Selenium tetrachloride

Selenium tetrachloride

Selenium tetrachloride
CAS number 10026-03-6 N
PubChem 66205
ChemSpider 59590 YesY
RTECS number VS7875000
Jmol-3D images Image 1
Molecular formula SeCl4
Molar mass 220.771 g/mol
Appearance white to yellow crystals
Density 2.6 g/cm3, solid
Melting point

sublimes at 191.4 °C[1]

Solubility in water decomposes in water
Crystal structure Monoclinic, mS80
Space group C12/c1, No. 15
Molecular shape Seesaw (gas phase)
EU classification Toxic (T), Dangerous for the environment (N)
R-phrases R23/25, R33, R50/53
S-phrases S20/21, S28, S45, S60, S61[2]
NFPA 704
Flash point non-flammable
Related compounds
Other anions Selenium tetrafluoride
Selenium tetrabromide
Selenium dioxide
Other cations Dichlorine monoxide
Sulfur tetrachloride
Tellurium tetrachloride
 N (verify) (what is: YesY/N?)
Except where noted otherwise, data are given for materials in their standard state (at 25 °C, 100 kPa)
Infobox references

Selenium tetrachloride is the inorganic compound composed with the formula SeCl4. This compound exists as yellow to white volatile solid. It is one of two commonly available selenium chlorides, the other example being selenium monochloride, Se2Cl2. SeCl4 is used in the synthesis of other selenium compounds.

Synthesis and structure

The compound is prepared by treating selenium with chlorine.[3] When the reacting selenium is heated, the product sublimes from the reaction flask. The volatility of selenium tetrachloride can be exploited to purification of selenium.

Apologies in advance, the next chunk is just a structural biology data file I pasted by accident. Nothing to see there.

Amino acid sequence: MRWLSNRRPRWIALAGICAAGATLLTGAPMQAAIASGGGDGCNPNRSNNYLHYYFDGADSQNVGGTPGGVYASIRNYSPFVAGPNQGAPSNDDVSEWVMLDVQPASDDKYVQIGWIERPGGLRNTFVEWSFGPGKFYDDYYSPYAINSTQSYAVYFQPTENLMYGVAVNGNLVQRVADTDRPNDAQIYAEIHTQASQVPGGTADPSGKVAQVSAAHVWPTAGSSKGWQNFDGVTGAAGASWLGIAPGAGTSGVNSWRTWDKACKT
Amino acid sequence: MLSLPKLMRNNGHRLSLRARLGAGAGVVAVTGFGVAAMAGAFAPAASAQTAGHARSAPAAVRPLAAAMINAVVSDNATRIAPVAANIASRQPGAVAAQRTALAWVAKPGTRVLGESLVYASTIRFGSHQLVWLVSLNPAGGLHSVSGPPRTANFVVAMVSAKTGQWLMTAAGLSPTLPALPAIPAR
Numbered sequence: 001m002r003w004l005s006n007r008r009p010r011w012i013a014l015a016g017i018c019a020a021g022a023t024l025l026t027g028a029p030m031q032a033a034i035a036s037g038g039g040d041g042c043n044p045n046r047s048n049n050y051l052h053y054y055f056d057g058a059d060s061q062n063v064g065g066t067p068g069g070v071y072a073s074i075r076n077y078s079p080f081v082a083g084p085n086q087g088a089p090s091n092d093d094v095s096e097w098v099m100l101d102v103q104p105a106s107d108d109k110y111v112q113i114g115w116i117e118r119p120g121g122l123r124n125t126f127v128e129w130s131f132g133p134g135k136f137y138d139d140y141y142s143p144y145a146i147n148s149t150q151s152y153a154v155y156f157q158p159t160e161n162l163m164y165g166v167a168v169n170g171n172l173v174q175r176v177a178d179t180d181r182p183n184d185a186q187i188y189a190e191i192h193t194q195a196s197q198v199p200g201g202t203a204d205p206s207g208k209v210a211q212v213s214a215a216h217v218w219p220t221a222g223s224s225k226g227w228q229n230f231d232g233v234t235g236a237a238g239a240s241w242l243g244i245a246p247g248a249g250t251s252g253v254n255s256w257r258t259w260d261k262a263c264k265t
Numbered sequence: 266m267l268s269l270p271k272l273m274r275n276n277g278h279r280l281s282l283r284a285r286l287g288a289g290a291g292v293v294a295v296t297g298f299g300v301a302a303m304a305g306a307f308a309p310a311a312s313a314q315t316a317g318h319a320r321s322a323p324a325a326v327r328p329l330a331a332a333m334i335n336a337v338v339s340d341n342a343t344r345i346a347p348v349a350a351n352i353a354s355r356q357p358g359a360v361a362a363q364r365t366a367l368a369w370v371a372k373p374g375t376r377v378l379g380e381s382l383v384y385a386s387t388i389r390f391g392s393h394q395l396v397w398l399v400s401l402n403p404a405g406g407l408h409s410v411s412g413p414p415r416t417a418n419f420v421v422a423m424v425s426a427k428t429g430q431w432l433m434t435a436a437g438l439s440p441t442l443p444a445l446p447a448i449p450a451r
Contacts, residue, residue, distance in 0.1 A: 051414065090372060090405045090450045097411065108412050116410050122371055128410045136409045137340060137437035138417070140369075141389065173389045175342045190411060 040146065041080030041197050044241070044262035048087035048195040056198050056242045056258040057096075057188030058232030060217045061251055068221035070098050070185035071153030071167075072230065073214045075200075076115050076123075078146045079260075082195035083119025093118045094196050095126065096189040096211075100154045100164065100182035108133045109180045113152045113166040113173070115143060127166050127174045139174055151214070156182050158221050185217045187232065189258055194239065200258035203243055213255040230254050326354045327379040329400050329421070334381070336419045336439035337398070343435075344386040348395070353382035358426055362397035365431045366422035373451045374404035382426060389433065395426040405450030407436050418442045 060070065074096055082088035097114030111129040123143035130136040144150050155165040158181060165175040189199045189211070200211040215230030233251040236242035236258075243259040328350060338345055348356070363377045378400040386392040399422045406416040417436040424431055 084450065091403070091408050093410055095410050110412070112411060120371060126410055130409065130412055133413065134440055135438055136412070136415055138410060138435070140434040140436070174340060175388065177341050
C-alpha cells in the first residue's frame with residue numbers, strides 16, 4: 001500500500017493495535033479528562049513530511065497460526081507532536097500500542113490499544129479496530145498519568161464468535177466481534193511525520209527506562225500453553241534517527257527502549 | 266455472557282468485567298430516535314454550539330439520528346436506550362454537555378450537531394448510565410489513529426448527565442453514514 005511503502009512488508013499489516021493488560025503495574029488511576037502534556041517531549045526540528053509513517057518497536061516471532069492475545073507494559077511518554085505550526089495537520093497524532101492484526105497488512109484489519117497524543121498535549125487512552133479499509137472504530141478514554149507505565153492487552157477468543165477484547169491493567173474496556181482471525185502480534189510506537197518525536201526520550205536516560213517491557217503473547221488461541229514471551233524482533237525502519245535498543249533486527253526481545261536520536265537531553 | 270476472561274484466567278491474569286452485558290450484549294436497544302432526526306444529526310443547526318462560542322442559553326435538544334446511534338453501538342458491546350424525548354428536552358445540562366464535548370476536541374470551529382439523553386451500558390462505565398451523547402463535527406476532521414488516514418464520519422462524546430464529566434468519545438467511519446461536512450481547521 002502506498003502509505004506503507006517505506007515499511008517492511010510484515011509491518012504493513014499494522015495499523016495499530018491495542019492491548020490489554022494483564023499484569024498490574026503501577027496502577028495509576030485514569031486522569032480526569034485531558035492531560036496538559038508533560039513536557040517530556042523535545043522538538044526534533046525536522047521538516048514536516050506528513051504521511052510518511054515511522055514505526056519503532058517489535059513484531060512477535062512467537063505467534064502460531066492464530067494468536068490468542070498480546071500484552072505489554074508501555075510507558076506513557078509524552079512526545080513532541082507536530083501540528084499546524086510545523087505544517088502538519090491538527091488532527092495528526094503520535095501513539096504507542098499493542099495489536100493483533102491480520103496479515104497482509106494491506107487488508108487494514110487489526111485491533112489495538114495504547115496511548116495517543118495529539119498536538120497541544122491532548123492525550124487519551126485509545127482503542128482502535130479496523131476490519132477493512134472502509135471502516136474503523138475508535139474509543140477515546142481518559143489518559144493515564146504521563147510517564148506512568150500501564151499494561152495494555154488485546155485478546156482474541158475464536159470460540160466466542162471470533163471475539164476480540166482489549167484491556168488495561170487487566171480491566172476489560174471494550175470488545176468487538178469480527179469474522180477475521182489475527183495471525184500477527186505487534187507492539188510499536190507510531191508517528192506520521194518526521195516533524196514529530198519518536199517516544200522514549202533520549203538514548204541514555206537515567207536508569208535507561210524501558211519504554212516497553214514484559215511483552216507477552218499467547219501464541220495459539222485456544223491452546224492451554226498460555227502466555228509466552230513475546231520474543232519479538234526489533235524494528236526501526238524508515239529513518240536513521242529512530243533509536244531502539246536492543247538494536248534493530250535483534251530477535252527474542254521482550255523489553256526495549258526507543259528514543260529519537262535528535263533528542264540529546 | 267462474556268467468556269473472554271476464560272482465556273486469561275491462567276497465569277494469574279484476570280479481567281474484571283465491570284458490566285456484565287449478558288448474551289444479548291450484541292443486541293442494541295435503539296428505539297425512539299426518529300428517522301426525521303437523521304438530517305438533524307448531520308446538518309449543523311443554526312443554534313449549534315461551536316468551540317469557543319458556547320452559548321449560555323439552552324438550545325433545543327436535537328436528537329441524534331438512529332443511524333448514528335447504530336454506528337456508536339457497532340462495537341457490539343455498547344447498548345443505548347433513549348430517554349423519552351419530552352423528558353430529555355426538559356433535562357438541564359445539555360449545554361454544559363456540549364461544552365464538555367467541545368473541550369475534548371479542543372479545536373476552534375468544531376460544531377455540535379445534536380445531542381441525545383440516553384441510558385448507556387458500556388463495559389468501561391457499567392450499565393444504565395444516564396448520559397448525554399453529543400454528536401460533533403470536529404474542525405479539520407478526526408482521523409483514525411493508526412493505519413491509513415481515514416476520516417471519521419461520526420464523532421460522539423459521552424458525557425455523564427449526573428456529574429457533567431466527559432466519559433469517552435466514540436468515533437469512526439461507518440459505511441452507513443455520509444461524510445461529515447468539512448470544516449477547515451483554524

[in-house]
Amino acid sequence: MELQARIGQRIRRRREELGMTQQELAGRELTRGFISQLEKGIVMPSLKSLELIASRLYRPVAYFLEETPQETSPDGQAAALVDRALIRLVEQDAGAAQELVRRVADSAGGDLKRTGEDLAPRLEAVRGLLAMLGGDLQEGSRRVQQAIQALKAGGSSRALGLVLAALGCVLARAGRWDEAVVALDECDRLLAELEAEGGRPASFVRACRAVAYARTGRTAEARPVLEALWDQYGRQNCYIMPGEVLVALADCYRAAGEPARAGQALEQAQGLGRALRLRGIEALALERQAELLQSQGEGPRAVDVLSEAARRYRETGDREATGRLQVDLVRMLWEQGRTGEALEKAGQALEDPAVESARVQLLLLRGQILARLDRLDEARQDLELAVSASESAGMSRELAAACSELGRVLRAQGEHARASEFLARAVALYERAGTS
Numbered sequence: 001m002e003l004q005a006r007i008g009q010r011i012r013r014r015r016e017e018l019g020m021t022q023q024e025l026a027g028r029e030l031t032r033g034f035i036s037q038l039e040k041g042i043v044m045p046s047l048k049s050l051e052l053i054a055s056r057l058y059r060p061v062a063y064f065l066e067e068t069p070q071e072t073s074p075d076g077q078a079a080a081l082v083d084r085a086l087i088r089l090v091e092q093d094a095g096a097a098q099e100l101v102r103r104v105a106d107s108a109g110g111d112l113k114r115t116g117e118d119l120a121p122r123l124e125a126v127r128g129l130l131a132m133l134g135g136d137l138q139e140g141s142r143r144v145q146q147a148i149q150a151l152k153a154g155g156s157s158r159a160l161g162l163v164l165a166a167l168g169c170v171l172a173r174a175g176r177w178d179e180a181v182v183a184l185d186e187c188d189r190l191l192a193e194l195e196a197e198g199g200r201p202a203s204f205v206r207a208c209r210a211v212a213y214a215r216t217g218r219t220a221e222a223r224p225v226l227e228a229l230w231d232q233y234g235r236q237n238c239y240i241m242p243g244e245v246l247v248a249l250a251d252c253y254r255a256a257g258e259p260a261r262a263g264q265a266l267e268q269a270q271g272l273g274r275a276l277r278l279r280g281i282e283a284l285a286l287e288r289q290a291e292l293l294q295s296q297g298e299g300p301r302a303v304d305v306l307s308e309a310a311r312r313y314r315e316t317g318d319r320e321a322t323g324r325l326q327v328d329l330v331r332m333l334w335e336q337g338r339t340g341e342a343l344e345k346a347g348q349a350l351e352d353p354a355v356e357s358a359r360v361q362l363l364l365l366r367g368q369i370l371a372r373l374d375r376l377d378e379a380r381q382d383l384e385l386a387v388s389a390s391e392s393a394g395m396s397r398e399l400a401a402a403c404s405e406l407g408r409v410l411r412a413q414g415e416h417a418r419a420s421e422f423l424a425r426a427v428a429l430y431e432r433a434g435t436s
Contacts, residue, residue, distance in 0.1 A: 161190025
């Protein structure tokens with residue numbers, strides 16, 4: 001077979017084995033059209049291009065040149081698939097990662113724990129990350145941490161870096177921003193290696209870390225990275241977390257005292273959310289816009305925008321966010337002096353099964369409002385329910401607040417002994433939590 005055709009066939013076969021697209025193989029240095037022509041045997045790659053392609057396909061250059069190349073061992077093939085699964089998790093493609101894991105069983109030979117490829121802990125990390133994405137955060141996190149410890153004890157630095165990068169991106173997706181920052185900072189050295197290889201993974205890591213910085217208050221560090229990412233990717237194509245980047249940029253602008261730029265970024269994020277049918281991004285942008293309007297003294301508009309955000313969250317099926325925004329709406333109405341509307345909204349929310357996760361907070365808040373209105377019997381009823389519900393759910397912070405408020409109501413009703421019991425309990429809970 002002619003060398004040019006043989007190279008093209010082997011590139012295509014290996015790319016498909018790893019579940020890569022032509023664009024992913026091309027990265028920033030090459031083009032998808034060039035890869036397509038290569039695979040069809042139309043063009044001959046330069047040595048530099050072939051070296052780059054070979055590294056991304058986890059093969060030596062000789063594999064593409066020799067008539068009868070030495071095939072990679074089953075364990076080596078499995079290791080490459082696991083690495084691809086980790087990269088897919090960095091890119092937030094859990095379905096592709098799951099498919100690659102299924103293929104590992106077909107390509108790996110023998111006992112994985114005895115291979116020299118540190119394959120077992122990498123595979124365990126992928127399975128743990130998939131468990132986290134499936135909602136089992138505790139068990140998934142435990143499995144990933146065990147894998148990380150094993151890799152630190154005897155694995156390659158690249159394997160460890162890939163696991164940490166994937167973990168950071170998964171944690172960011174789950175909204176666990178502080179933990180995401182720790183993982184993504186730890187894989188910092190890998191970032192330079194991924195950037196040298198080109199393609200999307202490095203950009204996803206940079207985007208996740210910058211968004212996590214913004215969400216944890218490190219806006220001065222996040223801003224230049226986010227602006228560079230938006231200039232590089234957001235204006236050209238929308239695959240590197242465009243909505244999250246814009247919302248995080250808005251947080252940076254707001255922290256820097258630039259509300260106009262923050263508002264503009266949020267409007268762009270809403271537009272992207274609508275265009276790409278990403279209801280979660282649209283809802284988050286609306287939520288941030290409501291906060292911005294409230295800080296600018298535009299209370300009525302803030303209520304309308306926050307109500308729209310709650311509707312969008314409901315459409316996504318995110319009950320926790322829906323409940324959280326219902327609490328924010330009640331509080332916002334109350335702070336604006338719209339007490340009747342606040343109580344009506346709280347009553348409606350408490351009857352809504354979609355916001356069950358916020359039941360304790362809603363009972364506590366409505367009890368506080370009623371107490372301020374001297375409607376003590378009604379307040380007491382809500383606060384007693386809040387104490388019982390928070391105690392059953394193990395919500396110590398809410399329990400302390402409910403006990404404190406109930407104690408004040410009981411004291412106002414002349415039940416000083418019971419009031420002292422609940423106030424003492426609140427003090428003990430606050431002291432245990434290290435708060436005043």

Solid SeCl4 exhibits a cubane geometry for which the Se atom of an SeCl6 octahedron sits on four corners of the cube and the bridging Cl atoms sit on the other four corners. The bridging Se-Cl distances are longer than the terminal Se-Cl distances, but all Cl-Se-Cl angles are approximately 90°.

Interestingly SeCl4 has often been used as an example for teaching VSEPR rules of hypervalent molecules. As such, one would predict four bonds but five electron groups giving rise to a seesaw geometry. This clearly is not the case in the crystal structure. Others have suggested that the crystal structure can be represented as SeCl3+ and Cl. This formulation would predict a pyramidal geometry for the SeCl3+ cation with a Cl-Se-Cl bond angle of approximately 109°. However, this molecule is an excellent example of a situation where maximal bonding cannot be achieved with the simplest molecular formula. The formation of the tetramer (SeCl4)4,[4] with delocalized sigma bonding of the bridging chloride is clearly preferred over a "hypervalent" small molecule. Gaseous SeCl4 contains SeCl2 and chlorine, which recombine upon condensation.


Selenium tetrachloride can be reduced in situ to the dichloride using triphenylstibine:

SeCl4 + SbPh3 → SeCl2 + Cl2SbPh3

Selenium tetrachloride reacts with water to give selenous and hydrochloric acids:[5][page needed]

SeCl4 + 3 H2O → H2SeO3 + 4 HCl

Upon treatment with selenium dioxide, it gives selenium oxychloride:[5][page needed]

SeCl4 + SeO2 → 2SeOCl2